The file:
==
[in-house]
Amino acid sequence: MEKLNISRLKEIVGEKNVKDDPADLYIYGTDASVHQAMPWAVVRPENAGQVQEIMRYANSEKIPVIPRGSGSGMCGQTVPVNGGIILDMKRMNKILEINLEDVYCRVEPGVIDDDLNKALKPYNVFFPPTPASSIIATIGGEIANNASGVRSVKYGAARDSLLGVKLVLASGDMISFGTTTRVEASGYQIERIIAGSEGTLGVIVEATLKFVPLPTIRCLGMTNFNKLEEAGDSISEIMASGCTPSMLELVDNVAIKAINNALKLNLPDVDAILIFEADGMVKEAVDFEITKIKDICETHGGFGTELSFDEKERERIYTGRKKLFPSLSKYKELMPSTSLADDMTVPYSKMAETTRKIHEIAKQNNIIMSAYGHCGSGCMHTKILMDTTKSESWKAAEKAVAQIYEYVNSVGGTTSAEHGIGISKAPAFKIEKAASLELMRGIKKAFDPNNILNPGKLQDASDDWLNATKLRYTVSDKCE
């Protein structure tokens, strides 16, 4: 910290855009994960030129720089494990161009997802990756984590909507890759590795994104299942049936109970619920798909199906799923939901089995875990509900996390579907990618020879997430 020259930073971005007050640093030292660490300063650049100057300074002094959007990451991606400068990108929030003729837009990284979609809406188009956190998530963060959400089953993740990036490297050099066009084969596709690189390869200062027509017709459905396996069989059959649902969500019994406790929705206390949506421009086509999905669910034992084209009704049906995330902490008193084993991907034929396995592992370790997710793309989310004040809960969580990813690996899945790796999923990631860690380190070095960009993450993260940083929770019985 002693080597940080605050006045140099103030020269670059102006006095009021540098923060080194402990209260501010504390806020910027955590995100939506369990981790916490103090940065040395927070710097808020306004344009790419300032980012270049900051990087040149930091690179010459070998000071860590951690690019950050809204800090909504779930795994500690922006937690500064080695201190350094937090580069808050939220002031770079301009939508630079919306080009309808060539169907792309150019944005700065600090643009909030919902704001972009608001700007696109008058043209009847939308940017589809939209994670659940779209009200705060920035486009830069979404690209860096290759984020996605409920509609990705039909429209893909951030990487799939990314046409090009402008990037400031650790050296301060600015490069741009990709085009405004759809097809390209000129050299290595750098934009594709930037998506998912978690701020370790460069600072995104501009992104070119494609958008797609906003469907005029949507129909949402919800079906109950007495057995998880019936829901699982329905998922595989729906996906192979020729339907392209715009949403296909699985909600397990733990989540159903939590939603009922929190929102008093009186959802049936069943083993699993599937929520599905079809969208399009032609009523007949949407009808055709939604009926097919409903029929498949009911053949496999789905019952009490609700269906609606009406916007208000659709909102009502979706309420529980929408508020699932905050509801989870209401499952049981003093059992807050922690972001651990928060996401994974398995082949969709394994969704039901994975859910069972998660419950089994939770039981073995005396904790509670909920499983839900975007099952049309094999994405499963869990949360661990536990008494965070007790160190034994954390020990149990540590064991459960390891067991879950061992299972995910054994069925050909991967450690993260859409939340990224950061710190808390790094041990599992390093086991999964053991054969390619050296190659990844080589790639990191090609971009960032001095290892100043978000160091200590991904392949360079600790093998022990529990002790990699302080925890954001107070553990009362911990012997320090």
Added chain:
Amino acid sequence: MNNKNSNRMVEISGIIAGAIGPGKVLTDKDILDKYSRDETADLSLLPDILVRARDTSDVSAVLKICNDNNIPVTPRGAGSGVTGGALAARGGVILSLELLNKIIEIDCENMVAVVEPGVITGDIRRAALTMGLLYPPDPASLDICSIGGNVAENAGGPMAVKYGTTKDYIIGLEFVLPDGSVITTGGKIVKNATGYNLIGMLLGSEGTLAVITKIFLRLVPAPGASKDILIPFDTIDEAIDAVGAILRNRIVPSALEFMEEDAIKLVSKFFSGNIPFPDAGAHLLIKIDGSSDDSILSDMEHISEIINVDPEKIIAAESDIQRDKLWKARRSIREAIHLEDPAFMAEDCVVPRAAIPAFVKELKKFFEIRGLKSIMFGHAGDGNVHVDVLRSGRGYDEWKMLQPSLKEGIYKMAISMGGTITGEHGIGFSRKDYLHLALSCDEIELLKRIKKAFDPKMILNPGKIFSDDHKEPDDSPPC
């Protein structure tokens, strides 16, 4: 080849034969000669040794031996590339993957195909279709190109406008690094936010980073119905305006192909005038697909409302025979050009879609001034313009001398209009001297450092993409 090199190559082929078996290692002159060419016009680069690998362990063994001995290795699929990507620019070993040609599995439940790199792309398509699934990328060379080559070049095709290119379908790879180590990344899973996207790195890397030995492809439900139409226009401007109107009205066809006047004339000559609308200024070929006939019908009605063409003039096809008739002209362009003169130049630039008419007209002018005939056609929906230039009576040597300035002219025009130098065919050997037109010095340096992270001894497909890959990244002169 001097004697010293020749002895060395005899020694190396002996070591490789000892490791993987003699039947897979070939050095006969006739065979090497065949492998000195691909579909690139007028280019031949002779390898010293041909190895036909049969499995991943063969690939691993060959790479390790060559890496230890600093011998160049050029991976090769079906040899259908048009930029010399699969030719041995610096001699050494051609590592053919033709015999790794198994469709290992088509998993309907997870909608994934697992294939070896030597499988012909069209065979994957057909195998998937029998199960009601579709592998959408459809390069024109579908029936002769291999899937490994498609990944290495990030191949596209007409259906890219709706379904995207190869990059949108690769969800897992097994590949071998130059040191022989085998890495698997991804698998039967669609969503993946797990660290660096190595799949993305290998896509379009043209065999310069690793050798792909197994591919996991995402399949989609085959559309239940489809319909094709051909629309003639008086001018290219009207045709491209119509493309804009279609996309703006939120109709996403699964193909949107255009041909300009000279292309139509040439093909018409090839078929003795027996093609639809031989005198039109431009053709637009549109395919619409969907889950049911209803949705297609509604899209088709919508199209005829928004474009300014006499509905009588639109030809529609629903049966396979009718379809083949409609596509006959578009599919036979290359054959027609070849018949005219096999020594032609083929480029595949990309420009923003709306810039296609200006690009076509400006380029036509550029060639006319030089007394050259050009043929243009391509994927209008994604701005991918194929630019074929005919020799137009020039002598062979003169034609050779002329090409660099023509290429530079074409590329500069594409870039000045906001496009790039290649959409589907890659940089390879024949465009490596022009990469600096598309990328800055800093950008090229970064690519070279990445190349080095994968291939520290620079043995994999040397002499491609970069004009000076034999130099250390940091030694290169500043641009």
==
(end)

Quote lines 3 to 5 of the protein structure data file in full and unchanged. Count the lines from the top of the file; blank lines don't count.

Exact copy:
């Protein structure tokens, strides 16, 4: 910290855009994960030129720089494990161009997802990756984590909507890759590795994104299942049936109970619920798909199906799923939901089995875990509900996390579907990618020879997430 020259930073971005007050640093030292660490300063650049100057300074002094959007990451991606400068990108929030003729837009990284979609809406188009956190998530963060959400089953993740990036490297050099066009084969596709690189390869200062027509017709459905396996069989059959649902969500019994406790929705206390949506421009086509999905669910034992084209009704049906995330902490008193084993991907034929396995592992370790997710793309989310004040809960969580990813690996899945790796999923990631860690380190070095960009993450993260940083929770019985 002693080597940080605050006045140099103030020269670059102006006095009021540098923060080194402990209260501010504390806020910027955590995100939506369990981790916490103090940065040395927070710097808020306004344009790419300032980012270049900051990087040149930091690179010459070998000071860590951690690019950050809204800090909504779930795994500690922006937690500064080695201190350094937090580069808050939220002031770079301009939508630079919306080009309808060539169907792309150019944005700065600090643009909030919902704001972009608001700007696109008058043209009847939308940017589809939209994670659940779209009200705060920035486009830069979404690209860096290759984020996605409920509609990705039909429209893909951030990487799939990314046409090009402008990037400031650790050296301060600015490069741009990709085009405004759809097809390209000129050299290595750098934009594709930037998506998912978690701020370790460069600072995104501009992104070119494609958008797609906003469907005029949507129909949402919800079906109950007495057995998880019936829901699982329905998922595989729906996906192979020729339907392209715009949403296909699985909600397990733990989540159903939590939603009922929190929102008093009186959802049936069943083993699993599937929520599905079809969208399009032609009523007949949407009808055709939604009926097919409903029929498949009911053949496999789905019952009490609700269906609606009406916007208000659709909102009502979706309420529980929408508020699932905050509801989870209401499952049981003093059992807050922690972001651990928060996401994974398995082949969709394994969704039901994975859910069972998660419950089994939770039981073995005396904790509670909920499983839900975007099952049309094999994405499963869990949360661990536990008494965070007790160190034994954390020990149990540590064991459960390891067991879950061992299972995910054994069925050909991967450690993260859409939340990224950061710190808390790094041990599992390093086991999964053991054969390619050296190659990844080589790639990191090609971009960032001095290892100043978000160091200590991904392949360079600790093998022990529990002790990699302080925890954001107070553990009362911990012997320090």
Added chain:
Amino acid sequence: MNNKNSNRMVEISGIIAGAIGPGKVLTDKDILDKYSRDETADLSLLPDILVRARDTSDVSAVLKICNDNNIPVTPRGAGSGVTGGALAARGGVILSLELLNKIIEIDCENMVAVVEPGVITGDIRRAALTMGLLYPPDPASLDICSIGGNVAENAGGPMAVKYGTTKDYIIGLEFVLPDGSVITTGGKIVKNATGYNLIGMLLGSEGTLAVITKIFLRLVPAPGASKDILIPFDTIDEAIDAVGAILRNRIVPSALEFMEEDAIKLVSKFFSGNIPFPDAGAHLLIKIDGSSDDSILSDMEHISEIINVDPEKIIAAESDIQRDKLWKARRSIREAIHLEDPAFMAEDCVVPRAAIPAFVKELKKFFEIRGLKSIMFGHAGDGNVHVDVLRSGRGYDEWKMLQPSLKEGIYKMAISMGGTITGEHGIGFSRKDYLHLALSCDEIELLKRIKKAFDPKMILNPGKIFSDDHKEPDDSPPC